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Reviewed by:
  • Constructing the Medieval Sermon
  • Sybil Jack
Andersson, Roger, ed., Constructing the Medieval Sermon (Sermo, 6), Turnhout, Brepols, 2008; hardback; pp. xiv, 338; 5 b/w illustrations, 4 b/w tables; R.R.P. €60.00; ISBN 9782503525891.

I have always had an unbounded admiration for those with the scholarly ability and perseverance to tease out the long but changing practices of sermon-making in the Middle Ages. I often regret, however, that many of those who work on later Reformation sermon-making are not able to sufficiently acknowledge the thousand years of varying traditions that lay behind it. How different are the Calvinist sermons from those of Anthony of Padua (considered here by Riccardo Quinto) when he speaks of the elect, and their duty to prepare themselves for his reception in accordance with the word of Scripture?

This is a work of highly focused professional scholarship, though it is not perhaps easily accessible to general or Latin-less readers, who will be the poorer for it. But it must be hoped that some of the more significant points that emerge from these detailed studies will be taken up in works for a wider audience. Christoph Burger's analysis of Jean Gerson's two sermons for the feast of All Saints, one for the University in Latin and the other for parishioners in French, for instance, provides a powerful demonstration of the skill of the preacher in adapting his text to his audience.

The field is not without its controversies. The scholars included in this collection largely reject the attitude to the artes praedicandi that dismisses the role of such texts in structuring actual preaching. All the contributions are meticulous in their examination of the role of the numerous artes praedicandi and model sermon collections that provide us with an insight into the mind of the preacher and his audience. Indeed, Mary Swan goes further, suggesting that sermons performed a cultural work, and could alter the identities of their 'target audience' and perhaps that of the preacher himself. Was this indeed one of the ways in which cultural identity was formed and reinforced?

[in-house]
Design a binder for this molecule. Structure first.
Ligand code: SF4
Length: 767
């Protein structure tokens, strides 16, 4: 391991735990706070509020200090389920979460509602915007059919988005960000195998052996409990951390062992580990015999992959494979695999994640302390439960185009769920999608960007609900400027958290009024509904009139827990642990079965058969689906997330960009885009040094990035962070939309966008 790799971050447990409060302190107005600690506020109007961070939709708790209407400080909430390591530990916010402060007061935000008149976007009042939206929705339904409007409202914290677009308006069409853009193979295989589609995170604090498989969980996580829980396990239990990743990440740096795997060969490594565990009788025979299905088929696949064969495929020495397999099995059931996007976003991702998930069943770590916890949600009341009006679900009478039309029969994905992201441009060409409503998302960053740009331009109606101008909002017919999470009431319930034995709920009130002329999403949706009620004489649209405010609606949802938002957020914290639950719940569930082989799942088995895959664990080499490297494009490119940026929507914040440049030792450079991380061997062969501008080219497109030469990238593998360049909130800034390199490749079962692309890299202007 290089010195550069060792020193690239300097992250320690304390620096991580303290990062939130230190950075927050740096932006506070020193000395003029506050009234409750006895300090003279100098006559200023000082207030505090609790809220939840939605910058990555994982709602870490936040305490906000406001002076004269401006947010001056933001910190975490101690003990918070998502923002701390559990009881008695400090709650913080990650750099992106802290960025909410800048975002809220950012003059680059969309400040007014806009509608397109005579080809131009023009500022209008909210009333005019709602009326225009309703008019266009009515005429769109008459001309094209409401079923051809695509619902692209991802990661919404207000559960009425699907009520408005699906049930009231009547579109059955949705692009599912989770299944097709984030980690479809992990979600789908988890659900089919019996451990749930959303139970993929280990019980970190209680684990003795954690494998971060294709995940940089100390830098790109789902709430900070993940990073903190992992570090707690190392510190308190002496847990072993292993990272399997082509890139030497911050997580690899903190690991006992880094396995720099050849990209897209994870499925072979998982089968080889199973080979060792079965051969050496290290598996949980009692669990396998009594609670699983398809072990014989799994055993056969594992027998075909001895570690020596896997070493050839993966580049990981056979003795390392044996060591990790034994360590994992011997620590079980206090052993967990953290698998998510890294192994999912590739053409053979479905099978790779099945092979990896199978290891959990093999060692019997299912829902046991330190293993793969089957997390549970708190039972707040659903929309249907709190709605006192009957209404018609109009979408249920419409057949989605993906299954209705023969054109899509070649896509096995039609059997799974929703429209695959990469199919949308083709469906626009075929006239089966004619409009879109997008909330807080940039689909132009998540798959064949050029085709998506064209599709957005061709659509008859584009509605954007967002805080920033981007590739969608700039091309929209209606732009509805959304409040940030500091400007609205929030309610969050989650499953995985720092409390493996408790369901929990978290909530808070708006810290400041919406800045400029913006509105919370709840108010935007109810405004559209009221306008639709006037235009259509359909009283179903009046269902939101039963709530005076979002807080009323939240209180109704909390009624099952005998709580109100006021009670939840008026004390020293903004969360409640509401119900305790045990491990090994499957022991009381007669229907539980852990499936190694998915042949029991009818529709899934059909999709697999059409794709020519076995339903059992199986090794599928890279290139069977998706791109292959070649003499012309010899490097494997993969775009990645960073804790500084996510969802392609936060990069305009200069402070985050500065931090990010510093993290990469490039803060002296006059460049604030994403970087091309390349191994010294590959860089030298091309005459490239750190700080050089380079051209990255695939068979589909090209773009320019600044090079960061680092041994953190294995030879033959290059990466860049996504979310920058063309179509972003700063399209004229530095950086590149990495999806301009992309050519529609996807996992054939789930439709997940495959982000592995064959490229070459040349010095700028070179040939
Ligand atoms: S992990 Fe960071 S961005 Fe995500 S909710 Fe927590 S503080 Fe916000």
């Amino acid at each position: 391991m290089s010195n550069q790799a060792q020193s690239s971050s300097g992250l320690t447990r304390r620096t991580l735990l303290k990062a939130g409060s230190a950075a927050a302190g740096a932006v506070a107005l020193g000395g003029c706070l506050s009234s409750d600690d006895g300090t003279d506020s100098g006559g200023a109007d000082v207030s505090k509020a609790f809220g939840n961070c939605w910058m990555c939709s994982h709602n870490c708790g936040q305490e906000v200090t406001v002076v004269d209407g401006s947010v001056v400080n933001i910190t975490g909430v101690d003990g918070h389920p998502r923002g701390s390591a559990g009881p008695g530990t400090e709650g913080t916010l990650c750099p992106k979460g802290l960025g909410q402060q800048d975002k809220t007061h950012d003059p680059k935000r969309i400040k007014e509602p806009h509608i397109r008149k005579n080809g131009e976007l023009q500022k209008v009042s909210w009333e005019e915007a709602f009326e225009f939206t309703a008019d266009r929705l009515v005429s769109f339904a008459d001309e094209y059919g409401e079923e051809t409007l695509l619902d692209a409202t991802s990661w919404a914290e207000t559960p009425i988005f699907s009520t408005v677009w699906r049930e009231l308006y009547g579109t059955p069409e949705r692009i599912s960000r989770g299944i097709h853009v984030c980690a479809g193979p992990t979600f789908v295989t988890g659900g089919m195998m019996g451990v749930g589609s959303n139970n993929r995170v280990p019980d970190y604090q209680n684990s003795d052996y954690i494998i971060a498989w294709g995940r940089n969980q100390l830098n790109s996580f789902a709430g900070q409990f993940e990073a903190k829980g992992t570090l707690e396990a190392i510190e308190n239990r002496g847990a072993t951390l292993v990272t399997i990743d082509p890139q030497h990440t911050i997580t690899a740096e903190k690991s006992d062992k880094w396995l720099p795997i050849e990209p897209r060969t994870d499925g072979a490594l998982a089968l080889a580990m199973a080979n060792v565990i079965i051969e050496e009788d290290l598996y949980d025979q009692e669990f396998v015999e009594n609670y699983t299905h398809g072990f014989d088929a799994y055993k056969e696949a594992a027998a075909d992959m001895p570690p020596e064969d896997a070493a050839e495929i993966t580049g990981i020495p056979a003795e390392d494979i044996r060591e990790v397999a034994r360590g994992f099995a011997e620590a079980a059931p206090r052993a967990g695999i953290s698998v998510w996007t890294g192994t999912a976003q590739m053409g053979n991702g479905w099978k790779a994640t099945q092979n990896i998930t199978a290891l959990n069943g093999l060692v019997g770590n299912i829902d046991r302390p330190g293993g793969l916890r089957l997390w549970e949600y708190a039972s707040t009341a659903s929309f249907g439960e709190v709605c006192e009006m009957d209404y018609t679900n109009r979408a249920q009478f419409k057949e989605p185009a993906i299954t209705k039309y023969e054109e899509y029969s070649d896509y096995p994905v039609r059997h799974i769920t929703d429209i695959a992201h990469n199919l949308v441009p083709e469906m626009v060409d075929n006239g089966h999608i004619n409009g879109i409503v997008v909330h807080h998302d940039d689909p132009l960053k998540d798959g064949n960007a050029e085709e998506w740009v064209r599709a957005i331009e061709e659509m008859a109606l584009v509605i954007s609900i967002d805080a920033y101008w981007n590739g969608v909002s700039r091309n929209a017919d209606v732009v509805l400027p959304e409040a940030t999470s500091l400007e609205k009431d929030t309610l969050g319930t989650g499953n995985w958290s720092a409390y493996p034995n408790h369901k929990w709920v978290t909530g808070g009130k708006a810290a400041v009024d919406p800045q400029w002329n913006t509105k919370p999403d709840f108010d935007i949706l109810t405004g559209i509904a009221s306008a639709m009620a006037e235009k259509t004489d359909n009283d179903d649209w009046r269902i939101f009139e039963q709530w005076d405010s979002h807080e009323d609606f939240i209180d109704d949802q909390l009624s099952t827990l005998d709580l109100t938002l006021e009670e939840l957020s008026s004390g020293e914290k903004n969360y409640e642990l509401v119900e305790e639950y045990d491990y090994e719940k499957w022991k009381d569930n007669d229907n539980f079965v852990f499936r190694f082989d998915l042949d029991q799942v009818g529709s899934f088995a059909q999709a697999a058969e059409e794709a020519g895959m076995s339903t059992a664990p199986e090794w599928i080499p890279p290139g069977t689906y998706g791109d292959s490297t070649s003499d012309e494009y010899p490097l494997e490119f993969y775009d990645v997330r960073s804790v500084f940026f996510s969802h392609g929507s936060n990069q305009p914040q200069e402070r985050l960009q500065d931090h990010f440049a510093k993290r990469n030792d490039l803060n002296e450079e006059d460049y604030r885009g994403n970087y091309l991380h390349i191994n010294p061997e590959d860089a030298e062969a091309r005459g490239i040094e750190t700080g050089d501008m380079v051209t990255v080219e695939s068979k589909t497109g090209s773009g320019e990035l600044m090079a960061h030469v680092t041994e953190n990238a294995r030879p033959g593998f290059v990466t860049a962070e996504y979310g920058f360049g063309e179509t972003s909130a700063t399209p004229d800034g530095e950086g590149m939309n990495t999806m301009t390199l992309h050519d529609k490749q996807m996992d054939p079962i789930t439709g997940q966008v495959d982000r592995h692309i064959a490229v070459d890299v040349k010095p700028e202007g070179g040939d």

Jonathan Adams examines the problems of language difficulties in medieval vernacular sermons using in particular the comments of Birgitta of Sweden who was herself a preacher. This reveals the complex problems of missionary preaching not only in Sweden but in many places where the lack of linguistic competence and ignorance of local cultural practices [End Page 181] made individuals, however dedicated and knowledgeable, a liability. The modification of texts to make them locally intelligible is an important, if neglected, part of the history of preaching and the wider history of missionary effectiveness.

Even more interesting is Kirsten Berg's consideration of the use of memorizing devices. Memory is, after all, vital to the effectiveness of the sermon in two respects. The audience needs to remember the core of the sermon so requires a framework that recalls the line of argument. The preacher needs a scheme that can structure his presentation when a new composition is developed. All this is critical to the method of expounding the fundamental subject of gospel and epistle so that the audience, literate or illiterate, absorbs the basic elements of the faith and its spiritual and moral significance.

Unfortunately, we have few clues as to the reasons why certain individuals were powerful preachers, attracting a large attendance and influencing the behaviour of their audience. Thom Mertens has studied the surviving records of the fifteenth-century Dutch Franciscan, Johannes Brugman, whose name became synonymous with persuasive oratory, but the written forms of his sermons are not sufficiently different from other collections to provide an insight into what converts a standard sermon into a world-shattering experience.

Certain themes were common on certain liturgical days. Jussi Hanska, by looking at the popular theme of 'Jesus wept', not only the two examples accepted today (John 11: 35 and Luke 19: 41) but also the idea that he wept on the cross, in his infancy and at the treachery of Judas is able to draw out the way in which different interpretations could spring from a single text and from the additions scholars made to the...


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pp. 181-182
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